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A defining moment for the Memphis Grizzlies

All will not be lost if the Grizzlies don’t win this series, but it will certainly feel like it if they do.

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NBA: Memphis Grizzlies at Minnesota Timberwolves Brad Rempel-USA TODAY Sports

In the visitor locker room of the FedexForum before the start of Game 4 of the 2015 Western Conference Semifinals, there was an undeniable tension in the air for the Golden State Warriors. And how could there not be? For as transcendent as they had often looked throughout a season in which they had the league’s best record, the Memphis Grizzlies had made them look even more inept as they had mercilessly grinded them to a 2-1 lead.

There’s an old quote from that time that has stuck with me, and I don’t remember who said it. It may have been a fan or a local columnist. Regardless, it fit the vibe of that series perfectly: “How are the analytics going to save you when Zach Randolph comes to beat your ass?”

The prevailing narrative was that while the Warriors may be more talented, the Grizzlies were just too mean. Too physical. Too well-prepared. Sure, the Warriors were an incredible team, but they weren’t really built for this like the Grizzlies were.

Steve Kerr, however, had a different perspective. “Every champion,” he told his team with a wry smile in the minutes before Game 4, “has been where you are now.” The Warriors won that game 101-84 and would not lose another game in that series before later winning the championship.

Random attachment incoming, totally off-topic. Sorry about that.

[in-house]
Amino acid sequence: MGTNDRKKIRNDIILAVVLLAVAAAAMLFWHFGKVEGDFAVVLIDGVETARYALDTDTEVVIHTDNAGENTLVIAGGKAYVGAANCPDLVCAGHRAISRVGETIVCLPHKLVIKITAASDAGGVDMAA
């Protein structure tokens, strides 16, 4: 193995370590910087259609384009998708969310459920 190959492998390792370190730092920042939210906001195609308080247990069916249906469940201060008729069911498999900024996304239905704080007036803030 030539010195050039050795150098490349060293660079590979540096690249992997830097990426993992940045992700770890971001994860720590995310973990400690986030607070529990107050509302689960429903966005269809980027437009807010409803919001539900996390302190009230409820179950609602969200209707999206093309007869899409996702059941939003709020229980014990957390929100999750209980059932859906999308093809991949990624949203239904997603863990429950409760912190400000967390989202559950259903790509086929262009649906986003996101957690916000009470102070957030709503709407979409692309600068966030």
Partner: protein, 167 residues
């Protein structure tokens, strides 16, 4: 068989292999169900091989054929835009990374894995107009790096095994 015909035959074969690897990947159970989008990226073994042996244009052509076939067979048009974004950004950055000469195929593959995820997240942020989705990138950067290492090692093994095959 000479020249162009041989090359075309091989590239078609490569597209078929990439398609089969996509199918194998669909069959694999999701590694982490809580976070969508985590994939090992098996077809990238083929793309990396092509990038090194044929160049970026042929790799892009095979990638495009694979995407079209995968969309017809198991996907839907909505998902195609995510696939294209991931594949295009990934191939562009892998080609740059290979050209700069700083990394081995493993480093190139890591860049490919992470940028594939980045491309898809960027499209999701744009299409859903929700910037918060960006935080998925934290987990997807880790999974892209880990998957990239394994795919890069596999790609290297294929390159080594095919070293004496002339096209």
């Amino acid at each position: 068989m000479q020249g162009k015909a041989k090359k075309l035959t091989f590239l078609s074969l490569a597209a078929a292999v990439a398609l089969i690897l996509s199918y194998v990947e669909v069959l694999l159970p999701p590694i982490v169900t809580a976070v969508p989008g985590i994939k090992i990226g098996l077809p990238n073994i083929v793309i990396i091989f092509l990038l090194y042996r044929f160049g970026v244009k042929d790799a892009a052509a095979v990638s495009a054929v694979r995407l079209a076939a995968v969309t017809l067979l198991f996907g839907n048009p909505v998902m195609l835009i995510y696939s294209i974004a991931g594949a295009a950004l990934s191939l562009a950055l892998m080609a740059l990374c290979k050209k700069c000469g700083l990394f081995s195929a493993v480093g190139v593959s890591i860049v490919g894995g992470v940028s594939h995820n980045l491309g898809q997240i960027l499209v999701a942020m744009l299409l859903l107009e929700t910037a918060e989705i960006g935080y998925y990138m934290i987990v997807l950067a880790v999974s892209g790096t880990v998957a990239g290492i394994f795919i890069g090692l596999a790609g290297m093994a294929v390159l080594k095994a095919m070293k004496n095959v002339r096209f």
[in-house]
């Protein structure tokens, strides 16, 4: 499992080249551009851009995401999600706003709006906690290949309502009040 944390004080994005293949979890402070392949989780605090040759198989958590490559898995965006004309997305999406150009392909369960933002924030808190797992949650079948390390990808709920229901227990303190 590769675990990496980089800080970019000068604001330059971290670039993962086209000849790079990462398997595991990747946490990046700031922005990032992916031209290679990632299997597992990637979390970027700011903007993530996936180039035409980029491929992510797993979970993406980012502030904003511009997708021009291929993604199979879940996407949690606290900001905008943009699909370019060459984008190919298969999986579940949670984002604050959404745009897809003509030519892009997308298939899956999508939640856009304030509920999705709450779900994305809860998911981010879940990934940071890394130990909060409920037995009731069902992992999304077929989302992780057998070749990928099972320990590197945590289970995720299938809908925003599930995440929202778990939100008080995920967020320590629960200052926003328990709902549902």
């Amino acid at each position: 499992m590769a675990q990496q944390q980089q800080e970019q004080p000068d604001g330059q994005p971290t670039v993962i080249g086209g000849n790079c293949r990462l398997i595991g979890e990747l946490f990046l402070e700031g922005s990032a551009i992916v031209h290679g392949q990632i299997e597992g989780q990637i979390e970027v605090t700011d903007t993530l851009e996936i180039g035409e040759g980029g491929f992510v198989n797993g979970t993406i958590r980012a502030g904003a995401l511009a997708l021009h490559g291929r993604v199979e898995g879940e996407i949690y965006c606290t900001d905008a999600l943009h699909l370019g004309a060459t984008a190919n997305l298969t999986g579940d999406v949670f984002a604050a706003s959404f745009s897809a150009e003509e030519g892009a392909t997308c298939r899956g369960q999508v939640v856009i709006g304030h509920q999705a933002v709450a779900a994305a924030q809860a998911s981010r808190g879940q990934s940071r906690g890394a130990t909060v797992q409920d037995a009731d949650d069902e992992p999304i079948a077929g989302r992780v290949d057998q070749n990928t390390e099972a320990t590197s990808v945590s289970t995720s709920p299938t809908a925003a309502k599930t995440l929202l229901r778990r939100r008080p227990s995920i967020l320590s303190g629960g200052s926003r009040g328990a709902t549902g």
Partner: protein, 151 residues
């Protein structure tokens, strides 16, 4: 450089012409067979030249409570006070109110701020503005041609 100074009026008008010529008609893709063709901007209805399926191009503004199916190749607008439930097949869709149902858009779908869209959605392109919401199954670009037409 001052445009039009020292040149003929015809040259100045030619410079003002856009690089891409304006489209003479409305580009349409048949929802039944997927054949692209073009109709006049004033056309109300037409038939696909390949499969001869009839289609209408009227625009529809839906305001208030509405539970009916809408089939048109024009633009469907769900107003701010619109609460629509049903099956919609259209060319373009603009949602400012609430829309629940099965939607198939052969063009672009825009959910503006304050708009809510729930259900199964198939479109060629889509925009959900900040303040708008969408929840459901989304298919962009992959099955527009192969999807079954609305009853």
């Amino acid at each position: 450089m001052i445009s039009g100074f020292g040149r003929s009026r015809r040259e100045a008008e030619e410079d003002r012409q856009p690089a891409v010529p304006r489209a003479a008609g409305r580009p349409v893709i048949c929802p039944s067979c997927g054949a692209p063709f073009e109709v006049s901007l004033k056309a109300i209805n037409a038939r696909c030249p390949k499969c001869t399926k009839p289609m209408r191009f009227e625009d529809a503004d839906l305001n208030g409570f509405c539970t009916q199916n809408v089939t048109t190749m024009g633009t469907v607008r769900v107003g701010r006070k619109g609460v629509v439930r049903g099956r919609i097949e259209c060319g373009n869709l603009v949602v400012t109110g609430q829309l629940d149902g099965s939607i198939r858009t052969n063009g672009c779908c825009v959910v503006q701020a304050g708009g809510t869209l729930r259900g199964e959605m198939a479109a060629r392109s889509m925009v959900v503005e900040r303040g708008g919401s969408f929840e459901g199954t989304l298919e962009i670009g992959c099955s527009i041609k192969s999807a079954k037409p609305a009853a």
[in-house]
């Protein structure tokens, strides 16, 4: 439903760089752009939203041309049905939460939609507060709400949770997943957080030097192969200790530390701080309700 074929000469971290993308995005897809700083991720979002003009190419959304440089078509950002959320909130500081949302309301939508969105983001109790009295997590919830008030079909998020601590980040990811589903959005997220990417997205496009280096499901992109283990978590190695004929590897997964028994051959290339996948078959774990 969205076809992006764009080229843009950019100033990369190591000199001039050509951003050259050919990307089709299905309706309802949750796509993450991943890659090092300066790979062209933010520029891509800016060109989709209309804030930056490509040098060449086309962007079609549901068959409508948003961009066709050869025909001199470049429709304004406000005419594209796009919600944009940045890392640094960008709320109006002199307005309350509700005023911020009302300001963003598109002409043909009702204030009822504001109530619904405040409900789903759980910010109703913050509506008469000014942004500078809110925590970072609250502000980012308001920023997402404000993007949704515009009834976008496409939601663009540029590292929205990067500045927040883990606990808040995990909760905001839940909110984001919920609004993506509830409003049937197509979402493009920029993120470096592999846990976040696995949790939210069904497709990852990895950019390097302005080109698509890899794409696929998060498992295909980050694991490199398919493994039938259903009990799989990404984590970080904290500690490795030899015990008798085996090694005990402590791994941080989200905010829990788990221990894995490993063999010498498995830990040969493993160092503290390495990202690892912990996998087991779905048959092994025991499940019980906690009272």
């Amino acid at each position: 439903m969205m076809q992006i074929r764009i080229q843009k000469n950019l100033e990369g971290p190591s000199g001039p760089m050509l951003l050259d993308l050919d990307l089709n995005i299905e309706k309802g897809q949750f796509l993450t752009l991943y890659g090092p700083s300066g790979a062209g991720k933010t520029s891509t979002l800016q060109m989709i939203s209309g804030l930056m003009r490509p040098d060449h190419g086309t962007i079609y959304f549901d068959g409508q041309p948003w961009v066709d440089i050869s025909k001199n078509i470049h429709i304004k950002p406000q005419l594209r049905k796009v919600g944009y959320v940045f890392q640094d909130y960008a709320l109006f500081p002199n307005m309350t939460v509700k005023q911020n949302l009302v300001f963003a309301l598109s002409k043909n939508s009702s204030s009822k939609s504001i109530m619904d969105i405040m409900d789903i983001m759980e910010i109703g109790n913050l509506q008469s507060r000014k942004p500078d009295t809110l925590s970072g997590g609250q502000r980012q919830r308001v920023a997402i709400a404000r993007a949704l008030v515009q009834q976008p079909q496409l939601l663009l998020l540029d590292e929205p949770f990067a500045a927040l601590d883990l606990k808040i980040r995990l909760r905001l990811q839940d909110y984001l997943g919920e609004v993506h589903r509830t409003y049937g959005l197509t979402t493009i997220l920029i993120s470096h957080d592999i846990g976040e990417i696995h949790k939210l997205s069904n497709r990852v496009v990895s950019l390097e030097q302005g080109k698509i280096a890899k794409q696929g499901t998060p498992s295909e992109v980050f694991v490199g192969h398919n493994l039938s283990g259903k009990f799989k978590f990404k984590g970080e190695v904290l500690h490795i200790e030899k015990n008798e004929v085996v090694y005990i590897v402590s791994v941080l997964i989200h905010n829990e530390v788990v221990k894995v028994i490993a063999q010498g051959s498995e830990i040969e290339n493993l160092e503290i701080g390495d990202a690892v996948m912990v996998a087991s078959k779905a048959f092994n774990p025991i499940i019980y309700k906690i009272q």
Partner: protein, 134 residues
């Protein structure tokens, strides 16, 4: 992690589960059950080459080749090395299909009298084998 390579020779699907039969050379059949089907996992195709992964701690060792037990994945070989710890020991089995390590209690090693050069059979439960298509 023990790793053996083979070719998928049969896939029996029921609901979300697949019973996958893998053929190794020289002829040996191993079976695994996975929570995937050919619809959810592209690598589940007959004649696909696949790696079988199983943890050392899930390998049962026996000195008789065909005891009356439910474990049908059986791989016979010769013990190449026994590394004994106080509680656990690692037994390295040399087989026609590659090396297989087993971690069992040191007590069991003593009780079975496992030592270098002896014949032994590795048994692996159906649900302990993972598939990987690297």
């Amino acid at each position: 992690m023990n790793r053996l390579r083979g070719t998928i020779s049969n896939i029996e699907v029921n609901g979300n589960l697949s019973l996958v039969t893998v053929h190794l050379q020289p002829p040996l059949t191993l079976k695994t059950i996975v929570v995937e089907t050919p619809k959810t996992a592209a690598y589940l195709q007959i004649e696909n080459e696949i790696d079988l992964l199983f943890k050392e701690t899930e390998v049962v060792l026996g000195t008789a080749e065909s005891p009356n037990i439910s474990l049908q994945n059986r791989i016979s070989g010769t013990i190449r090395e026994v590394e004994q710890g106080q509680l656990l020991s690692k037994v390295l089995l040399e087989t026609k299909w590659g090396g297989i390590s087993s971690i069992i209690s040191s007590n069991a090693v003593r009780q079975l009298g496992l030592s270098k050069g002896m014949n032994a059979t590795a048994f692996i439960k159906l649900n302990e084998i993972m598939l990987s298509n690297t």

NBA: Memphis Grizzlies at Minnesota Timberwolves Brad Rempel-USA TODAY Sports

What Kerr understood that many people did not, before his team went on to win three of the next four NBA championships, is how incredibly talented the NBA truly is. To be sure, the Warriors were the league’s best team, but the Grizzlies were a superb team in their own right—and one that happened to be a nightmare matchup for them. He wasn’t shocked or panicking when his team began to struggle. Instead, he rallied them to greatness (and schemed an injured Tony Allen out of the series by having Andrew Bogut “guard” him, but I digress).

That is, of course, the opportunity that now lies in front of the current iteration of the Memphis Grizzlies. While they are the better team in this series, they have hardly played like it, as the Minnesota Timberwolves—and the...questionable officiating—have often made them look like a shell of themselves.

To be fair, the situation is nowhere near as dire for the Grizzlies as it was for the Warriors all those years ago. With the series tied at 2-2, it is now essentially a best-of-3, with the Grizzlies retaining home-court advantage. It also won’t take an audacious adjustment like Steve Kerr made for them to win the series.

They just simply need their two best players to start playing like it.

NBA: Brooklyn Nets at Memphis Grizzlies Petre Thomas-USA TODAY Sports

In both this series as well as throughout the entirety of his career, the best comparison I can give for Jaren Jackson Jr. isn’t another player, but rather pizza. He is pizza. And that’s because even when he’s bad, which has been the case in every game throughout this series outside of Game 2, he’s still pretty good. He’s been a total dumpster fire offensively, as he’s averaging 10 points on 37% shooting along with 6 rebounds and 5 fouls. Yet because of his versatile and imposing defense, the Grizzlies have a +4.5 net rating when he’s on the court.

The obvious problem for both him and the Grizzlies is that he can’t stay on the court because he seemingly fouls everything that moves. The absurdly tight officiating has been a factor in that, but let’s not pretend that fouling isn’t a foreign concept to Jaren.